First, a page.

Thousands participated in an anti-Indian protest in the city of Srinagar in Kashmir, following a joint funeral commemorating those who died during the shootout with the Indian security forces.
During the protest most shops and businesses closed in solidarity with the protest and civilians marched the streets chanting “Go India, go back” and “Long live Pakistan”. Police officials reported incidents of protestors throwing stones at security forces. In response Indian authorities deployed paramilitary soldiers and heavily armed police to monitor the protest as well as imposing a curfew.
The shooting occurred in Fateh Kadal, near a 14th-century Muslim shrine named Khanqah-e-Moula, and resulted in the deaths of three militants and an Indian police officer. A senior police officer reported the incident as follows to Al Jazeera:
"When police went inside, there was a heavy fire in which we lost one police. The two were militants and the third was their accomplice who was also the son of the house owner. He did not come out when the family came, so he was a part of them”.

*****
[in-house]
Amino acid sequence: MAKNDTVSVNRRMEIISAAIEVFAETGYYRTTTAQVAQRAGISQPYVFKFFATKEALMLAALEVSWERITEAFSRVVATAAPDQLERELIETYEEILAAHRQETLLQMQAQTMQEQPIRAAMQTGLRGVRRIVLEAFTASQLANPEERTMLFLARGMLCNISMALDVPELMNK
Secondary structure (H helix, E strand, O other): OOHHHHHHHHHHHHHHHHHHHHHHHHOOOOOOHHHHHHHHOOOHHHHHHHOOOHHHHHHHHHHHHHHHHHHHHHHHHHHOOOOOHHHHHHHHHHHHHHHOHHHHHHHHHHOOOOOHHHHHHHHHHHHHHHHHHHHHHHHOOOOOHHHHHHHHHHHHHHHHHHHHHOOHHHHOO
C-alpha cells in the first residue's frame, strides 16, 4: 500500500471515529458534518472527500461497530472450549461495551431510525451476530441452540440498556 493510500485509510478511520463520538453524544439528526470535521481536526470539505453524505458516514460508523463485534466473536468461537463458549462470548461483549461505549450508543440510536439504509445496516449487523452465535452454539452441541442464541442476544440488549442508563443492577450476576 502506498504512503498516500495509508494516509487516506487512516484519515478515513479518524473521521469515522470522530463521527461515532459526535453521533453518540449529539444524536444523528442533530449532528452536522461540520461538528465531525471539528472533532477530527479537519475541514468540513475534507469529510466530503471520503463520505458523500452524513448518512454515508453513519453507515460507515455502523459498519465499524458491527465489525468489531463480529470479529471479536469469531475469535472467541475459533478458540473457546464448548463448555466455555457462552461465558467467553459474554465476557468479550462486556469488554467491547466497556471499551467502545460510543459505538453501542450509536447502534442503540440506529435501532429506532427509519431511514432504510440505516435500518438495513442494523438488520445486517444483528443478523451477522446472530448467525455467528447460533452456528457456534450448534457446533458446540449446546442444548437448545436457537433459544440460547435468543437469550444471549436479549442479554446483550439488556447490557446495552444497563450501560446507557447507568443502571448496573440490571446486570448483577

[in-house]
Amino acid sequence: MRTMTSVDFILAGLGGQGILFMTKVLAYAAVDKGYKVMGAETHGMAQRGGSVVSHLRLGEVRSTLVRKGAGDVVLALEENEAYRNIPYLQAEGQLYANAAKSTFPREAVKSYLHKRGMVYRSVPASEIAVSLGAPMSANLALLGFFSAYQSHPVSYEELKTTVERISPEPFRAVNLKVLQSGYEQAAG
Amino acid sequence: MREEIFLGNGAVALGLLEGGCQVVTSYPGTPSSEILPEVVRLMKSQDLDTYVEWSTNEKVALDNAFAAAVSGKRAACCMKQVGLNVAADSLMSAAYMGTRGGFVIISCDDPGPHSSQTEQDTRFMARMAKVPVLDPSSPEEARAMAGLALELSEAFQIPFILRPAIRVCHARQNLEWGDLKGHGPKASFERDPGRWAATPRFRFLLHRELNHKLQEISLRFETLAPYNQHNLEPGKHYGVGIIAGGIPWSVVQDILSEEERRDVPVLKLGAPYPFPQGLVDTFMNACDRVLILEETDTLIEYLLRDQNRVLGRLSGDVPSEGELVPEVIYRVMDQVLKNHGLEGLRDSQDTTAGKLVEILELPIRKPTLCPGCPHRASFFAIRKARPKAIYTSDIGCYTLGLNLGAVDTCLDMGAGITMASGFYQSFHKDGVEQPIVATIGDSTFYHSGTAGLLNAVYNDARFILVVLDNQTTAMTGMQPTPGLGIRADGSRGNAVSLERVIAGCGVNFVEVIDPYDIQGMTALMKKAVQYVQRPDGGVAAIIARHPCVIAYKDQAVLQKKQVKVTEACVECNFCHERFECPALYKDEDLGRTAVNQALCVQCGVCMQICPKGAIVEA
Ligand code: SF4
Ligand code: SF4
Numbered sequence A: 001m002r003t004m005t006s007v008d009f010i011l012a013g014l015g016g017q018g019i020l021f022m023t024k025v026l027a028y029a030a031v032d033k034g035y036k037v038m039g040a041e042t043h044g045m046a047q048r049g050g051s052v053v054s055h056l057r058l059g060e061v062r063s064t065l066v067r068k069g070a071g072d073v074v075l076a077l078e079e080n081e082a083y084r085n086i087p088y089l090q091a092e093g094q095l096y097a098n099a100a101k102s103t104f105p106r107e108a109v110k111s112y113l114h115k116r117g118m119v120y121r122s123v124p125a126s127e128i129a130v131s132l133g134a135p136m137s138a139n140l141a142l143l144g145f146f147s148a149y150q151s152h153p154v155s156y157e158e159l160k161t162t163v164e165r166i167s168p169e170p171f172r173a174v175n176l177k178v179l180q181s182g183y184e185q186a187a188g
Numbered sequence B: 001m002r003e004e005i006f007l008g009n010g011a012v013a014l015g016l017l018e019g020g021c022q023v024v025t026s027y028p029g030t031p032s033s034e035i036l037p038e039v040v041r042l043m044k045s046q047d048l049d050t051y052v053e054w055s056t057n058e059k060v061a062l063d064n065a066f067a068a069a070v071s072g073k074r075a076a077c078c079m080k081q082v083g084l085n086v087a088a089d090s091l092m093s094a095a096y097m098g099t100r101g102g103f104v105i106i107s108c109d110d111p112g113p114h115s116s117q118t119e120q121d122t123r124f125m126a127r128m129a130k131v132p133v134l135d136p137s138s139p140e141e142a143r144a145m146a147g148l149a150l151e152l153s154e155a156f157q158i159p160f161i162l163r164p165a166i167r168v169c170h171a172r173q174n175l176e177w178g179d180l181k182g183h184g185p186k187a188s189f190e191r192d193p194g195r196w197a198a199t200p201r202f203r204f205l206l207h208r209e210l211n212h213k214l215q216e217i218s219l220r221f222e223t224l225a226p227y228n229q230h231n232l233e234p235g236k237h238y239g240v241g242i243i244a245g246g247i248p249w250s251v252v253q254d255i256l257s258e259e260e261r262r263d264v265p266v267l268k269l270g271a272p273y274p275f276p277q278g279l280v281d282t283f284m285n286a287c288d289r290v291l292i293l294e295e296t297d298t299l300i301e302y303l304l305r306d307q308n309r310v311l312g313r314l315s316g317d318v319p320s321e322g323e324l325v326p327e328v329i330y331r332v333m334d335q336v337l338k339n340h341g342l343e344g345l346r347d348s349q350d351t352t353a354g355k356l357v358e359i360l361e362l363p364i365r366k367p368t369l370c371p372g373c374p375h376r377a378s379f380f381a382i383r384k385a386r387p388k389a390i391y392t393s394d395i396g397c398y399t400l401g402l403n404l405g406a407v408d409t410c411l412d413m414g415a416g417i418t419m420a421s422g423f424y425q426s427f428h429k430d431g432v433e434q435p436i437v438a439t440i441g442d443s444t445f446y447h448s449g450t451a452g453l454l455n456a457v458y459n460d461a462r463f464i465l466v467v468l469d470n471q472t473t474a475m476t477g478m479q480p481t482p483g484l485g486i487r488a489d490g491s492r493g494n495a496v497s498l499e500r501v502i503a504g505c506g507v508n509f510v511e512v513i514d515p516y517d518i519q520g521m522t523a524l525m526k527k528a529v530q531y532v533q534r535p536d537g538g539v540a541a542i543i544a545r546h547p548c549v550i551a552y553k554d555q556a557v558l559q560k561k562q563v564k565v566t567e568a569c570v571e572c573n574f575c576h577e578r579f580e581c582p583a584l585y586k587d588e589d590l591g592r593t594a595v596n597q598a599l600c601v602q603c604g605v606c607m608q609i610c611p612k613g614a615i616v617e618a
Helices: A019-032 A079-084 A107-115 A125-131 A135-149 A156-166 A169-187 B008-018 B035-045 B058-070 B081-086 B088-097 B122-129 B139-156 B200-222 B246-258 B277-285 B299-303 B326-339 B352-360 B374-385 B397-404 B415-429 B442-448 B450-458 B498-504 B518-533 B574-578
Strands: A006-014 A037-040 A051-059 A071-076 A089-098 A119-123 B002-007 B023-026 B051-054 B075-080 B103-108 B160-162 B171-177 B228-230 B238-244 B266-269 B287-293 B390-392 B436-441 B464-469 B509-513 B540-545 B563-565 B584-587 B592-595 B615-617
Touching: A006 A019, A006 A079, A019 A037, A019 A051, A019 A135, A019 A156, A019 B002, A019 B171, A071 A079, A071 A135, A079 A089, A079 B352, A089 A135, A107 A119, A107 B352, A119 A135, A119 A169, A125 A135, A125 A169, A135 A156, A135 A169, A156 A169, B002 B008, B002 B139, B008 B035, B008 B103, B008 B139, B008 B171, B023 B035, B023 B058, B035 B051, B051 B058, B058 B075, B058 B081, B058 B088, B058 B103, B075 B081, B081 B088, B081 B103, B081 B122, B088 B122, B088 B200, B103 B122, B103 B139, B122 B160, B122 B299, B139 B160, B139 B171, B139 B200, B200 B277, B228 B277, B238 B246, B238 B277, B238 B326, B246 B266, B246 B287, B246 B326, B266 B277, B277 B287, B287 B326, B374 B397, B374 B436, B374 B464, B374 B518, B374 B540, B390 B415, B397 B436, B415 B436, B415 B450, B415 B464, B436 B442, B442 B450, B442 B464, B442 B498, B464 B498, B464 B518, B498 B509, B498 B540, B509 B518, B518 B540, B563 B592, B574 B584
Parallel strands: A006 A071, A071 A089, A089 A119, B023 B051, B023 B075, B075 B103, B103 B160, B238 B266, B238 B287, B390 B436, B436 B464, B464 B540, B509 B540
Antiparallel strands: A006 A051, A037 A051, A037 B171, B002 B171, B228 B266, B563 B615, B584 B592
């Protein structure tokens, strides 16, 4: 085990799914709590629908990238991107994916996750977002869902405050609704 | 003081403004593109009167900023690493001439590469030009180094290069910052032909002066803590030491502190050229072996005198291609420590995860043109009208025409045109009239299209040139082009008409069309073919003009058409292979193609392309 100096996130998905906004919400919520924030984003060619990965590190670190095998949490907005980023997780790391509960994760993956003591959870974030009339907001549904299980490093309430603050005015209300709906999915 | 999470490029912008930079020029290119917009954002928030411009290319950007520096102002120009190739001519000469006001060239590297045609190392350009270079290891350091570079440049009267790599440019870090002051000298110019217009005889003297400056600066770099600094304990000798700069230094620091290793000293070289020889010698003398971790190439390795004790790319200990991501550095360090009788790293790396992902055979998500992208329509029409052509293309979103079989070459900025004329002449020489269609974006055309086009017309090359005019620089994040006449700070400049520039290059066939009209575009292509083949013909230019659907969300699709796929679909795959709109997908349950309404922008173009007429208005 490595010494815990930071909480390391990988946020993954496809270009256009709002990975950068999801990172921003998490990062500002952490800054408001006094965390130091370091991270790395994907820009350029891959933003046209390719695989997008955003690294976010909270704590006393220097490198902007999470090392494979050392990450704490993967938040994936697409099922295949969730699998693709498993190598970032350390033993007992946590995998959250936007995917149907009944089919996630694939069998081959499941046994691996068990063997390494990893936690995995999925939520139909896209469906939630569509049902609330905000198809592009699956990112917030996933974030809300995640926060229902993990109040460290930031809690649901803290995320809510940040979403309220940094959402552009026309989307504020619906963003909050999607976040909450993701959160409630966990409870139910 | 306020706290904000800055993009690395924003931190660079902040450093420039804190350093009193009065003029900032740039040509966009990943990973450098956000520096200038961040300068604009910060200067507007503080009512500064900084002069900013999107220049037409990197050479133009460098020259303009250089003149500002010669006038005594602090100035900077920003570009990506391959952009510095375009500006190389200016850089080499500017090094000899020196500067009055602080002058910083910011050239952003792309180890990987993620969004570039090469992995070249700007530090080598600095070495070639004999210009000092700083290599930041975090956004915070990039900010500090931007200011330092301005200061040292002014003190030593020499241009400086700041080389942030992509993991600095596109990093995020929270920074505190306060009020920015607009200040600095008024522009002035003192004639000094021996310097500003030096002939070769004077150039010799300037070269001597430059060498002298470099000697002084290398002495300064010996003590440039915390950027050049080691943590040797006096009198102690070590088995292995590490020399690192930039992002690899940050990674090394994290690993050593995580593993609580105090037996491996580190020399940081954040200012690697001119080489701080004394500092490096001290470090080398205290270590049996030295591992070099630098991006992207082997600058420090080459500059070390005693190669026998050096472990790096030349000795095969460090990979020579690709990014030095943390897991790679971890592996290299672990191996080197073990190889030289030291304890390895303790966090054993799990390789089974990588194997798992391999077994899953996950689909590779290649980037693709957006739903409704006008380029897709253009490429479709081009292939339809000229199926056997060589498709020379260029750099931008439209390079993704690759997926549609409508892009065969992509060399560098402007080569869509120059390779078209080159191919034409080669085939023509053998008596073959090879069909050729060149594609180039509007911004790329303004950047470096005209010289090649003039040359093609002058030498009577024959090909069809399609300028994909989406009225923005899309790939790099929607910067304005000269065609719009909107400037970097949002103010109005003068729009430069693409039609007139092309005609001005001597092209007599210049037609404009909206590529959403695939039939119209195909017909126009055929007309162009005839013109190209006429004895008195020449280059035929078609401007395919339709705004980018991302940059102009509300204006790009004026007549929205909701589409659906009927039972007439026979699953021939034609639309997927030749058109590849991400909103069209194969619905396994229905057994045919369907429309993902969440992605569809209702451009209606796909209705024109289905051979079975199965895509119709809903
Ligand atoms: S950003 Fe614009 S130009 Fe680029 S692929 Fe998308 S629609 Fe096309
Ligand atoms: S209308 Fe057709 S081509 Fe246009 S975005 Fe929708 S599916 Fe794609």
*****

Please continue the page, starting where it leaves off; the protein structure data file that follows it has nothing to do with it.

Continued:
The other two militants were part of Lashkar-e-Taiba, claimed the Indians.
During the incident security forces attacked at least 10 journalists who were also on the scene and burned down the house after the raid.
“The irony is that they beat us in the presence of a senior police officer,” Asif Qureshi a senior TV journalist said. “They pointed guns at us and threatened to fire at us. Later they resorted to aerial firing so close that some of the empty cartridges hit me.”
The Kashmir Journalists Corps reported:
“This is not the first time when media persons have been at receiving end of security agencies. Every time media persons are assaulted, the authorities at the helm churn out theories and assure action,”
“But the promises of probe and action have always remained a mirage.”
Clashes between government troops and residents occurred Tuesday during the last phase of local council elections that had a low turnout in Muslim-dominated areas of the region. Separatists and armed rebel groups had called for a boycott, viewing the polls as an illegitimate exercise under military occupation.